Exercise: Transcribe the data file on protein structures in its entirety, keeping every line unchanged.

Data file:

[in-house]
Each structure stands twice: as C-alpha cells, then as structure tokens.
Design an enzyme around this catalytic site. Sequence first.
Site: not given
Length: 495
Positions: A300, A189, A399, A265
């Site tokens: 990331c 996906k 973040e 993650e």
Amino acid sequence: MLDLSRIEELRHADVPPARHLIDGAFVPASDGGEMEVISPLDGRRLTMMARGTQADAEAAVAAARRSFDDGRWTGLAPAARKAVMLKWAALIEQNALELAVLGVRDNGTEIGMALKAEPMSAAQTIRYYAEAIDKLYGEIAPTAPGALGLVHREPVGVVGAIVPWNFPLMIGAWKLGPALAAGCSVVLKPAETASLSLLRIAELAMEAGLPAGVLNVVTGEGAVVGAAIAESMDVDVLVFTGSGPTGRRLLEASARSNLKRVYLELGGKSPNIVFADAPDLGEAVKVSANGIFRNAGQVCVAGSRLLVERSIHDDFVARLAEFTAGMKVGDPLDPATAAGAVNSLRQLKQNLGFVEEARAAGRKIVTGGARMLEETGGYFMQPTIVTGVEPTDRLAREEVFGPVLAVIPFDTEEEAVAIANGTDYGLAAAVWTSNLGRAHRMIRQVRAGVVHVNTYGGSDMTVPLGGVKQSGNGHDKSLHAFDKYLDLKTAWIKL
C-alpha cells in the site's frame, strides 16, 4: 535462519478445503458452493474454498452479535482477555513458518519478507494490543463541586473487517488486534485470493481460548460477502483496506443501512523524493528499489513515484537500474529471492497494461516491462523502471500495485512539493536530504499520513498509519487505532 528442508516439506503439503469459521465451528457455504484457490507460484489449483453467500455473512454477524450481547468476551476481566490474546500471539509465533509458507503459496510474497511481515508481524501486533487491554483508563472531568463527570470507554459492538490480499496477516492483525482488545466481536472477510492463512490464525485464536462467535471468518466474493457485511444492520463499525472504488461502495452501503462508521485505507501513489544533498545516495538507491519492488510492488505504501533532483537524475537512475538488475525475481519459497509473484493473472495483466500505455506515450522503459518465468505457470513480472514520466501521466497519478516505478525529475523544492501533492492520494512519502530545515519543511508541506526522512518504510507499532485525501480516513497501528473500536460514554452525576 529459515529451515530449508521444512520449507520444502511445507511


[in-house]
Each structure stands twice: as C-alpha cells, then as structure tokens.
Design an enzyme around this catalytic site. Sequence first.
Site: not given
Length: 495
Positions: A300, A189, A399, A265
């Site tokens: 990331c 996906k 973040e 993650e």
Amino acid sequence: MLDLSRIEELRHADVPPARHLIDGAFVPASDGGEMEVISPLDGRRLTMMARGTQADAEAAVAAARRSFDDGRWTGLAPAARKAVMLKWAALIEQNALELAVLGVRDNGTEIGMALKAEPMSAAQTIRYYAEAIDKLYGEIAPTAPGALGLVHREPVGVVGAIVPWNFPLMIGAWKLGPALAAGCSVVLKPAETASLSLLRIAELAMEAGLPAGVLNVVTGEGAVVGAAIAESMDVDVLVFTGSGPTGRRLLEASARSNLKRVYLELGGKSPNIVFADAPDLGEAVKVSANGIFRNAGQVCVAGSRLLVERSIHDDFVARLAEFTAGMKVGDPLDPATAAGAVNSLRQLKQNLGFVEEARAAGRKIVTGGARMLEETGGYFMQPTIVTGVEPTDRLAREEVFGPVLAVIPFDTEEEAVAIANGTDYGLAAAVWTSNLGRAHRMIRQVRAGVVHVNTYGGSDMTVPLGGVKQSGNGHDKSLHAFDKYLDLKTAWIKL
C-alpha cells in the site's frame, strides 16, 4: 535462519478445503458452493474454498452479535482477555513458518519478507494490543463541586473487517488486534485470493481460548460477502483496506443501512523524493528499489513515484537500474529471492497494461516491462523502471500495485512539493536530504499520513498509519487505532 528442508516439506503439503469459521465451528457455504484457490507460484489449483453467500455473512454477524450481547468476551476481566490474546500471539509465533509458507503459496510474497511481515508481524501486533487491554483508563472531568463527570470507554459492538490480499496477516492483525482488545466481536472477510492463512490464525485464536462467535471468518466474493457485511444492520463499525472504488461502495452501503462508521485505507501513489544533498545516495538507491519492488510492488505504501533532483537524475537512475538488475525475481519459497509473484493473472495483466500505455506515450522503459518465468505457470513480472514520466501521466497519478516505478525529475523544492501533492492520494512519502530545515519543511508541506526522512518504510507499532485525501480516513497501528473500536460514554452525576 529459515529451515530449508521444512520449507520444502511445507511